As trading volume and share prices skyrocketed, so too did Robinhood Securities’ deposit requirements to its clearinghouse, the National Securities Clearing Corporation (NSCC). At market open on January 25, Robinhood Securities’ deposit requirement was $125 mn and by market open on January 28, that had risen to $1.4 bn, Tenev said. In addition, the NSCC informed Robinhood Securities that it had an excess capital premium charge of more than $2.2 bn. In total, the broker had a deficit of more than $3 bn.
After Robinhood took the decision to halt buying, but not selling, activity for its users in certain securities, the NSCC ultimately waived the excess capital premium charge and Robinhood transferred funds to cover the remainder of the $1.4 bn deposit required for that day. Tenev insisted that there was no other motivation for the halt to trading, amid speculation that Robinhood may have bowed to pressure from organizations such as Citadel to prevent buying activity. Griffin confirmed that there had been no discussion between Robinhood and Citadel about halting any trading activity.
Robinhood has since raised a further $3.4 bn to prevent this situation happening again, Tenev said. The broker faces a number of class-action lawsuits from its users for halting buying activity.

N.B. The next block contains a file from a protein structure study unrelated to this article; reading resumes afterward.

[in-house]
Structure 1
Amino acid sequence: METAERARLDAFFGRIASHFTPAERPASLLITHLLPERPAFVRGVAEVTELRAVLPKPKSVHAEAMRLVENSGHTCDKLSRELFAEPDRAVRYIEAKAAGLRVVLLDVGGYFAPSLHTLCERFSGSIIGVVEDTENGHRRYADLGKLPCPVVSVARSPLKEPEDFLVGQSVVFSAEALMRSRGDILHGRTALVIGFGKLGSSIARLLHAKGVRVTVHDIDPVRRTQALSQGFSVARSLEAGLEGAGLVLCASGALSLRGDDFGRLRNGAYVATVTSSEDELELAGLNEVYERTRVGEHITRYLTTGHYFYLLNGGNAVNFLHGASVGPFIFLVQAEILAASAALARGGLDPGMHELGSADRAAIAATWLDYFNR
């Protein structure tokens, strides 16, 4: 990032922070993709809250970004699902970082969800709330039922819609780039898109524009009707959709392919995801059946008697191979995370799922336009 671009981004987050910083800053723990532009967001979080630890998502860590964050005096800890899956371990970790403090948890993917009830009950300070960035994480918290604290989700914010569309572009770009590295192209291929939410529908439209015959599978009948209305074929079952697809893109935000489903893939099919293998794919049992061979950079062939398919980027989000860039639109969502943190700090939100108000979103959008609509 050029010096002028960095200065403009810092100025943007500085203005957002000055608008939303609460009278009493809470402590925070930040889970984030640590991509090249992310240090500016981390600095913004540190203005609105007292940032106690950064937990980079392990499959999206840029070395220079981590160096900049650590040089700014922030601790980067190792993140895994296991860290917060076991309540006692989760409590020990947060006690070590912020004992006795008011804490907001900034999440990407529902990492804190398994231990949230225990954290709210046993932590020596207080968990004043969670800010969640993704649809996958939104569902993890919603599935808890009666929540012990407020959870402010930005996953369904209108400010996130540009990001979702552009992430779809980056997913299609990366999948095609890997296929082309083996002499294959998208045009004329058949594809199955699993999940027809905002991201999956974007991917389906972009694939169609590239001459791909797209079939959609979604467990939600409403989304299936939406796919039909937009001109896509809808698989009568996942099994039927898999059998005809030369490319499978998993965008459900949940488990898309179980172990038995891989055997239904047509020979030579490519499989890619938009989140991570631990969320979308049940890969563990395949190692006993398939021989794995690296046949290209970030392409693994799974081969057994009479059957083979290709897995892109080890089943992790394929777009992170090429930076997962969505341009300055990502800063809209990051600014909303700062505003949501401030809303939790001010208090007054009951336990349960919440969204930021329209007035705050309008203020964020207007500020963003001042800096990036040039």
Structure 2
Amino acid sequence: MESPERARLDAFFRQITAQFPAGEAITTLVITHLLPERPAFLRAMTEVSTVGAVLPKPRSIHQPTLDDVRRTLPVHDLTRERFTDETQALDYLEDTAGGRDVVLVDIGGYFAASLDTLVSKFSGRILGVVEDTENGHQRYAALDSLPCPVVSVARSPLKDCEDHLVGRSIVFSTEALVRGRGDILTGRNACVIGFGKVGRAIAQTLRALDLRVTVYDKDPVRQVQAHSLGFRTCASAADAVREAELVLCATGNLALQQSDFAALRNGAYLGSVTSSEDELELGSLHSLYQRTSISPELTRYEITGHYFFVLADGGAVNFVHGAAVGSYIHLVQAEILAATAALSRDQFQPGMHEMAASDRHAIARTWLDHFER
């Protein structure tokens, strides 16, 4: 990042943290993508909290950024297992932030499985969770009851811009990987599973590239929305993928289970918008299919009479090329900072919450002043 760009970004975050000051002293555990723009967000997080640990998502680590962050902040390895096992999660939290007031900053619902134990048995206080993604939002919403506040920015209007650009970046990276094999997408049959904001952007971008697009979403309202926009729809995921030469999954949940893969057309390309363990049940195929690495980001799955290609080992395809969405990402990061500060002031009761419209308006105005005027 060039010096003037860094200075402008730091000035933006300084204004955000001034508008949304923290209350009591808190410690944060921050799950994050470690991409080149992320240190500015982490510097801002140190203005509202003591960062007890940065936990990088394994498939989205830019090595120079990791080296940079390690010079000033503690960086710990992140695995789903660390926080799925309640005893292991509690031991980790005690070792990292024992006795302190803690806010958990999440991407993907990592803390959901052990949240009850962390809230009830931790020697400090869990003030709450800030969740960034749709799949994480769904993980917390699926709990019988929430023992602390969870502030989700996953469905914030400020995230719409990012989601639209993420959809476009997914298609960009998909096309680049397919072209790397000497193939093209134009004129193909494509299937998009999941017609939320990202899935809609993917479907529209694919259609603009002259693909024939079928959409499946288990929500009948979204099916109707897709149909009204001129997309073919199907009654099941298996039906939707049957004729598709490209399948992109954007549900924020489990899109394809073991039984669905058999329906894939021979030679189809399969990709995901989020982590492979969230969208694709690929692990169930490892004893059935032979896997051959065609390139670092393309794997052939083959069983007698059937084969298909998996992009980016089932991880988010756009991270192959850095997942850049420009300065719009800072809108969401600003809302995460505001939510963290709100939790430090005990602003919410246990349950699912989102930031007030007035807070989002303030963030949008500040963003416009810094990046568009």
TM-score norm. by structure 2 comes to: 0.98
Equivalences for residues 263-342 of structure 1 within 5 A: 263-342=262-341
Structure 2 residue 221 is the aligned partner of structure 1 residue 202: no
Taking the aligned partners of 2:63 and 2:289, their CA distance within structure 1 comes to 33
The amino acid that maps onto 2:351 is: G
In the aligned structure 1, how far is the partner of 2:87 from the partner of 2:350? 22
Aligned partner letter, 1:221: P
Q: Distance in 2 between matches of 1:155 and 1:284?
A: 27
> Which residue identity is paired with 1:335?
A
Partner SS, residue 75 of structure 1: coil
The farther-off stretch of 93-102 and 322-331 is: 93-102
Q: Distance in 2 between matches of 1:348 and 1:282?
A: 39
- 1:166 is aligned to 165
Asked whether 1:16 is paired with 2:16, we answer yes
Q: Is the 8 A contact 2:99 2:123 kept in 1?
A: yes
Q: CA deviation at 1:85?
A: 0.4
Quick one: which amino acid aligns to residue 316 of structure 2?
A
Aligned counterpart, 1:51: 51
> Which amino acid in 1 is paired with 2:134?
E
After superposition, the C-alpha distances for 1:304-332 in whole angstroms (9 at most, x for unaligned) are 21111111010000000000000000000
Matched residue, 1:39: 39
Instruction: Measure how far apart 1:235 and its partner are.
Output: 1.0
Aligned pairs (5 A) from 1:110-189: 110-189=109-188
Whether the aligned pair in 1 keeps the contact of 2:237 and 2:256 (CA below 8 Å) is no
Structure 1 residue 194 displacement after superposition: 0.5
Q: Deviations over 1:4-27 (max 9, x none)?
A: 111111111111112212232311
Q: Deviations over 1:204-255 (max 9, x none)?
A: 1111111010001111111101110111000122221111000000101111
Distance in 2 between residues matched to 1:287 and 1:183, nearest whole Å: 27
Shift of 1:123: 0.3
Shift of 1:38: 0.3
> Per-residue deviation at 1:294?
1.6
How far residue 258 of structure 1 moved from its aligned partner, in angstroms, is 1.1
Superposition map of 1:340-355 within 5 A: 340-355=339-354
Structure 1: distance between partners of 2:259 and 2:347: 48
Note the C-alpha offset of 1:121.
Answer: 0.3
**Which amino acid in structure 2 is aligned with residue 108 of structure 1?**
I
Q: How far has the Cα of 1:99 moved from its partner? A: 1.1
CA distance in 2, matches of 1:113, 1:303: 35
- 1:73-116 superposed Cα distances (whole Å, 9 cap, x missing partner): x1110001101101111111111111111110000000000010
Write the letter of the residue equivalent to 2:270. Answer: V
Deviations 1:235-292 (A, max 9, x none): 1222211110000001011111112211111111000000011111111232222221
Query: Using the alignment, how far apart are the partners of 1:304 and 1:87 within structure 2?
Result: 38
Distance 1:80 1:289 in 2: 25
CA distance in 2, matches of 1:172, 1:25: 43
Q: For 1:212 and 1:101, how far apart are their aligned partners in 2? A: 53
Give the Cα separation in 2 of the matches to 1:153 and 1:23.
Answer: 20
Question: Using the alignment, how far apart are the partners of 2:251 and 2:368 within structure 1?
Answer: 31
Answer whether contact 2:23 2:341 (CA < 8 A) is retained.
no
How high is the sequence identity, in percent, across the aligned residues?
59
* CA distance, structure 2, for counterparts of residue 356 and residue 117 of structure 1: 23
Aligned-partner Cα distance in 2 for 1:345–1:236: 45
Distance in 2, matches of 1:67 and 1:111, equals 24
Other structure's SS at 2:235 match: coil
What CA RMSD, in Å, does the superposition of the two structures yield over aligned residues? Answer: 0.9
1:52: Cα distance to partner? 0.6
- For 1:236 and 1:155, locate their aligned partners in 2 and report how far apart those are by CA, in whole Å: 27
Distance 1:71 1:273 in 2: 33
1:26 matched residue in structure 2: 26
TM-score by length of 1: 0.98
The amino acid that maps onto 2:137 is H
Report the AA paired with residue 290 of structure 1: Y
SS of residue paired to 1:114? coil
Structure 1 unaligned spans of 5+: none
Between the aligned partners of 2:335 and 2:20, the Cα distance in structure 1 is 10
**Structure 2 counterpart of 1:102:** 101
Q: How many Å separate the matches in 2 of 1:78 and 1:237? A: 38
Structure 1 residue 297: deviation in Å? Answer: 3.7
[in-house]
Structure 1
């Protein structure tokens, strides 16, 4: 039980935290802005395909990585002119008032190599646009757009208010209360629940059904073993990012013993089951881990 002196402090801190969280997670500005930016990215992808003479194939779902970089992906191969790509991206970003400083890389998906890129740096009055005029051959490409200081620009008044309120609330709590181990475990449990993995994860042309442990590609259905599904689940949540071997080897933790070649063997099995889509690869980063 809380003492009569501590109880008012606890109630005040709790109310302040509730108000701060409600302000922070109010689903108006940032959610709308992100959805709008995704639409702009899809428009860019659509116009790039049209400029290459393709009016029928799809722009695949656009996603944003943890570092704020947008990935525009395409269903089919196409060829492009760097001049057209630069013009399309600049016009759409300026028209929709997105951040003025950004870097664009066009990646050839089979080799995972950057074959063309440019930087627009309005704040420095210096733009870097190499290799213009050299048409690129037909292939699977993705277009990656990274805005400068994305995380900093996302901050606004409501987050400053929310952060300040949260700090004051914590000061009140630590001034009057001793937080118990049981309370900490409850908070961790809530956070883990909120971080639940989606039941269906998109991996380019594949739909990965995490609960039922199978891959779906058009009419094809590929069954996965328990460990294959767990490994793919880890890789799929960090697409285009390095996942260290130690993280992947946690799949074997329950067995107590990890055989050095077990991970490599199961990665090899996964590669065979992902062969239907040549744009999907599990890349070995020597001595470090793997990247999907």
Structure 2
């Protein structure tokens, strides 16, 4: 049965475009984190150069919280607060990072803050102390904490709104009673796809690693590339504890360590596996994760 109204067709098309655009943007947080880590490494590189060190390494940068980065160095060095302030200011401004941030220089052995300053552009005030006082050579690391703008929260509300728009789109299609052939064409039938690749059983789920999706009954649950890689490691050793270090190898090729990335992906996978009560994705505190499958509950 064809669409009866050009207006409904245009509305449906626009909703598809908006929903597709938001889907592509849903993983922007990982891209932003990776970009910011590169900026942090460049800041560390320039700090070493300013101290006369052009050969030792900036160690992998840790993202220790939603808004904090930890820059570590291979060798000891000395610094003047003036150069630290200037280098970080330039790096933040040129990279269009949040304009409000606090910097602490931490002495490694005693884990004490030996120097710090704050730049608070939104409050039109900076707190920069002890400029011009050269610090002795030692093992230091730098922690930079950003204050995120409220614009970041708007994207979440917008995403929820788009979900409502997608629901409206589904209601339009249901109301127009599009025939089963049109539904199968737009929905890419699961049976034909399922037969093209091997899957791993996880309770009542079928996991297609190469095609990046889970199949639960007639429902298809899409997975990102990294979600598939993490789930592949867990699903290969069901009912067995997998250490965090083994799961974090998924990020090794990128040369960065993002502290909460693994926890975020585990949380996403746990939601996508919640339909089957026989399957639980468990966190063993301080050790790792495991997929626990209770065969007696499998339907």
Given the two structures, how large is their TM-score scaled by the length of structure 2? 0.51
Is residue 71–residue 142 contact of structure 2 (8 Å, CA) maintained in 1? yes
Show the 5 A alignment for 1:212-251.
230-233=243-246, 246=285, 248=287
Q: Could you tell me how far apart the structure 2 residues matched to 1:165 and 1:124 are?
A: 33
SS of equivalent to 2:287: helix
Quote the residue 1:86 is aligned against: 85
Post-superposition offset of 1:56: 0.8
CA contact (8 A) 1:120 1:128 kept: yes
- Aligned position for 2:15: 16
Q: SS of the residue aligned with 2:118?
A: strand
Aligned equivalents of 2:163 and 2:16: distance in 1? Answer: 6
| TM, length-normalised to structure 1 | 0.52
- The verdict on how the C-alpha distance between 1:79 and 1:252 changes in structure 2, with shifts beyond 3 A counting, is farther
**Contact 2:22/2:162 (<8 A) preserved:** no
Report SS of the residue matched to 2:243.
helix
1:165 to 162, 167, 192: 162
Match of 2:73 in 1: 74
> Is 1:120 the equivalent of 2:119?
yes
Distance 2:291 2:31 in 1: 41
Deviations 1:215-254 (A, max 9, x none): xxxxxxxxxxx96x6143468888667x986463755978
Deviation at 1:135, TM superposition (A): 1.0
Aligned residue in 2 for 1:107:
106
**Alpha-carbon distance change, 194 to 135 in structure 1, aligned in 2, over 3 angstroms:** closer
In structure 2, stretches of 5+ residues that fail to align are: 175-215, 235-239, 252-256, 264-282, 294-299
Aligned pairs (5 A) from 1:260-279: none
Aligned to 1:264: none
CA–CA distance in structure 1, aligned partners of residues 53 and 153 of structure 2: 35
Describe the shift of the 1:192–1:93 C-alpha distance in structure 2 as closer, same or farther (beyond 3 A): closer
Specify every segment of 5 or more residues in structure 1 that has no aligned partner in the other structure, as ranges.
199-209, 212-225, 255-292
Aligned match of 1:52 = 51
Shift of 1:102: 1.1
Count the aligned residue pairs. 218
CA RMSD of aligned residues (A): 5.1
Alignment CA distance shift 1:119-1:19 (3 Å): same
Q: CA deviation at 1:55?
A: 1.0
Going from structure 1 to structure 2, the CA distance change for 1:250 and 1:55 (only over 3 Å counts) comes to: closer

This calls for reform to the T+2 rule, Griffin said in his opening remarks. ‘One takeaway is the importance of modernizing the settlement process, including shortened settlement cycles and transparent capital models,’ he said. ‘As we have seen, longer settlement periods expose firms to more risk in the time between execution and settlement, requiring higher levels of capital. Settlement cycles should be shortened from T+2 to T+1. Transparent clearinghouse capital requirements will enable brokers and market-makers to better prepare for potential capital demands and minimize the risk of associated market interruptions.’ Tenev agreed.
Several members of the House Financial Services Committee – including Representatives Steve Stivers, Bryan Steil and Bill Huizenga – expressed frustration that the Depositary Trust & Clearing Corporation and the SEC weren’t invited to testify, noting the subject matter.